Sitting in the freezing Northeast and battling windsurfing withdrawal symptoms, what can a poor boy do? Well, reading Tricktionary over and over is one idea. Reading about Vulcans, Spocks, Flakas and so on helps, with a YouTube movie thrown in every now and then. But let me change themes for a second, and go back to the ABK camp in Cape Cod last fall. A few guys had the jibe down well enough, and it was time for new pastures. We got one lesson about the speed loop, and one lesson about the Vulcan. Huge difference between the lessons, though:
- For the speed loop, the main issue was how to avoid getting hurt. The solution was to start small, almost downwind, jumping and turning just a bit before falling on the back into the water. I can fall on my back very well, so technically, that seems to be perfectly doable. Plenty of other articles and lectures about the loop also say it's mostly guts, and very little technique. I think I remember everything Andy talked about in the lecture.
- The Vulcan lecture was much longer, and had a lot more technical detail. Andy said many windsurfers have to try 1000 or 2000 times before getting it (he was talking about slower learners like myself, not about the 20-year old water wizards who learn everything in 2 years). The problem with the Vulcan is that it introduces many new elements. The ones I remember are: hops from flat water or small chop; turning the board 180 degrees in the air; sliding backwards for the first time; and flipping the sail while in the air. Yes, getting all that together will certainly take me a while. But Andy said that this is the first "New School" trick one needs to learn to get a chance at more fun stuff like Spocks.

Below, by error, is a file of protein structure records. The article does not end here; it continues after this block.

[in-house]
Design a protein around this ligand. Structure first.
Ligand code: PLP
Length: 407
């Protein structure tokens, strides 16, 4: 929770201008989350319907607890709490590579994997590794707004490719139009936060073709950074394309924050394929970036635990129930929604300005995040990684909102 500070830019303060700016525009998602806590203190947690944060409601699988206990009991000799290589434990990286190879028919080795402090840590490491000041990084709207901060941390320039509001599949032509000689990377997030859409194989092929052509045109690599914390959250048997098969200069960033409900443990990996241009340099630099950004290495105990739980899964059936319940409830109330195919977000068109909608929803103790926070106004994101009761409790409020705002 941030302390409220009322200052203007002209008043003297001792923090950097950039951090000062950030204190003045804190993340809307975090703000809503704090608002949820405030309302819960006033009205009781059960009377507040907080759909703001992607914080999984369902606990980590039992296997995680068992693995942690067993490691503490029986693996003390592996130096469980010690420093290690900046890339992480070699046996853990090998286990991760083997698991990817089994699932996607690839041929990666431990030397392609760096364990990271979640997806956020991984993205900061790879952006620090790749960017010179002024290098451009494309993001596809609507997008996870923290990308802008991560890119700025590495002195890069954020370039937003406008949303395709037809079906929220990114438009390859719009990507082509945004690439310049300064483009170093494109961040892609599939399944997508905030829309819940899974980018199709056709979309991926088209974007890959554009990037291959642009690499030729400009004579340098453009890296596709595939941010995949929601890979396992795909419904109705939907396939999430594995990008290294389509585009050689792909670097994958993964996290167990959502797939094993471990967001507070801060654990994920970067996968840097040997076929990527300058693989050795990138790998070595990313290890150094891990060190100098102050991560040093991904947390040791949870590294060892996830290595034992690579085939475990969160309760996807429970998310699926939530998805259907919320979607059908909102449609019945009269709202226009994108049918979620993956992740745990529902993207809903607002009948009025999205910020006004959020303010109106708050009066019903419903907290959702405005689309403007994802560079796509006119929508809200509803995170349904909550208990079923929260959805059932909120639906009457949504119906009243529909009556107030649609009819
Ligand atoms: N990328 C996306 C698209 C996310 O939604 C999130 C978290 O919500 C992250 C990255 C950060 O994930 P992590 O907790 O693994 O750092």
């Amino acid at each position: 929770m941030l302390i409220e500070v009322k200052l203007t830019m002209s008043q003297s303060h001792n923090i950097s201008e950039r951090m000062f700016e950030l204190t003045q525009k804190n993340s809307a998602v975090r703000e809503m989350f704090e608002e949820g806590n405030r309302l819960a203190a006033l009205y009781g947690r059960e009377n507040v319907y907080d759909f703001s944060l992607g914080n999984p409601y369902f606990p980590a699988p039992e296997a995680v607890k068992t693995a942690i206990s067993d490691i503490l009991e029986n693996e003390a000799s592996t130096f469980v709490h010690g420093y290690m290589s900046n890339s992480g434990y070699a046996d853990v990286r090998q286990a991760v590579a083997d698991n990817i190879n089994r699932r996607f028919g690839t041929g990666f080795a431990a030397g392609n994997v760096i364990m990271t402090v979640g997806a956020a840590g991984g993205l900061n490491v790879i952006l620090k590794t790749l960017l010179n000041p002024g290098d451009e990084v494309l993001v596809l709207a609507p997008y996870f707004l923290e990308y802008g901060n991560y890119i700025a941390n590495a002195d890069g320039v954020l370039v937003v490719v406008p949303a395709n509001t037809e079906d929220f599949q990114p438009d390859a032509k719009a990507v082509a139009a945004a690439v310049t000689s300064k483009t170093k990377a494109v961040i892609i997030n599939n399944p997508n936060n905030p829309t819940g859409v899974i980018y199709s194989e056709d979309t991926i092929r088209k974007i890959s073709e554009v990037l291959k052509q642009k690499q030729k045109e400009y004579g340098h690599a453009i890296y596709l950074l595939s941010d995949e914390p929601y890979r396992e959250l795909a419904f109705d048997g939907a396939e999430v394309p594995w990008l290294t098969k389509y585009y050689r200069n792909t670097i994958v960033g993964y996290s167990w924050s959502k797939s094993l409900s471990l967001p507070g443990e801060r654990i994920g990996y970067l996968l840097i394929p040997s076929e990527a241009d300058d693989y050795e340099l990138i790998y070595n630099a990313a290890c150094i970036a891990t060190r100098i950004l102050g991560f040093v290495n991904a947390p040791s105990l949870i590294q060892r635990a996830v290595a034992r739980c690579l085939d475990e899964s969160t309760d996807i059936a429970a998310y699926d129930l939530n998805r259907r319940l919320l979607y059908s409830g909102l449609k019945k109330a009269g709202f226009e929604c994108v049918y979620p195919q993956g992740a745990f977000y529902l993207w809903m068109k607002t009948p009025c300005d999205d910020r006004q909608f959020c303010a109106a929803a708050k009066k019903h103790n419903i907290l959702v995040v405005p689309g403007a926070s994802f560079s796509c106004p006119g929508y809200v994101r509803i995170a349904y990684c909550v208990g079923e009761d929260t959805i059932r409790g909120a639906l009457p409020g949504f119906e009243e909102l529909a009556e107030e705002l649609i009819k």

Back to the Tricktionary. It, too, states that the Vulcan is the first New School trick to learn. In the book, it's right after the speed loop (and the speed loop is often not considered a New School move, since there is no backwards-sliding component). But with Tricktionary, I can look at all moves for hours without getting wet, and go back and forth to compare the picture sequences. Furthermore, it also shows pre-requisites for each move.
So, after studying the Gecko, which I hope to learn on my next Bonaire trip, I read that the Gecko "is essentially a non-planing Flaka". Looking at the Flaka pre-exercises, we also see the Upwind 360, both planing and non-planing. Comparing the pictures and descriptions, it seems to me that the Flaka is very similar to both the Gecko and the Upwind 360, the difference being the jump, starting the turn in the air, and then sliding backwards. Yes, there is the backwinded part at the end, but it's there in all these moves. Furthermore, any regular ABK camp attendees ready for New School tricks will know how to do this part (if your backwind sailing is not good enough, Andy will make you practice it - no matter how good you think you are at other stuff!).
This seems to outline a pretty clear path to the Flaka:
- Backwind sailing
- Backwind jibe, heli tack.
- Upwind 360 (nonplaning, then planing).
If the (entirely theoretical) analysis above is right, then the first New School move to learn should be the Flaka, not the Vulcan. Learning the Vulcan after learning the Flaka should be easier, because there is less new stuff (just flipping the sail in the jump). Interestingly enough, Tom Lepak, an ABK instructor currently working on the Vulcan, writes that many surfers suggested to him to learn the Flaka first.
Since all of this is entirely theoretical, I'd love to hear from windsurfers who actually can do the Vulcan and the Flaka what they think.
After getting some feedback about this on the iWindsurf forum, I realized that I had ignored one important difference: the nose of the board spins away from the wind in the Vulcan, but into the wind for the Flaka. I have no clew if that makes the Flaka harder, but can imagine that it does. Also, if one learns the Speed Loop first, that's also a downwind turn. Not sure if that helps with a Vulcan, though, since the mechanics of the turn seem to be rather different (catapult under the sail for the loop, being centered on the board for the Vulcan).
This makes me wonder about the advice to Tom Lepak to go for the Flaka, though. He's managed to turn the 180 degrees downwind for the Vulcan, not upwind. Looking at Tricktionary, a downwind jump with a Flaka-like ending seems to be a Grubby. Which, in turn, seems similar to a speed loop, so we come to a much shorter learning sequence:
- Speed loop.
For those who (like me) barely know about these moves, here are some YouTube videos: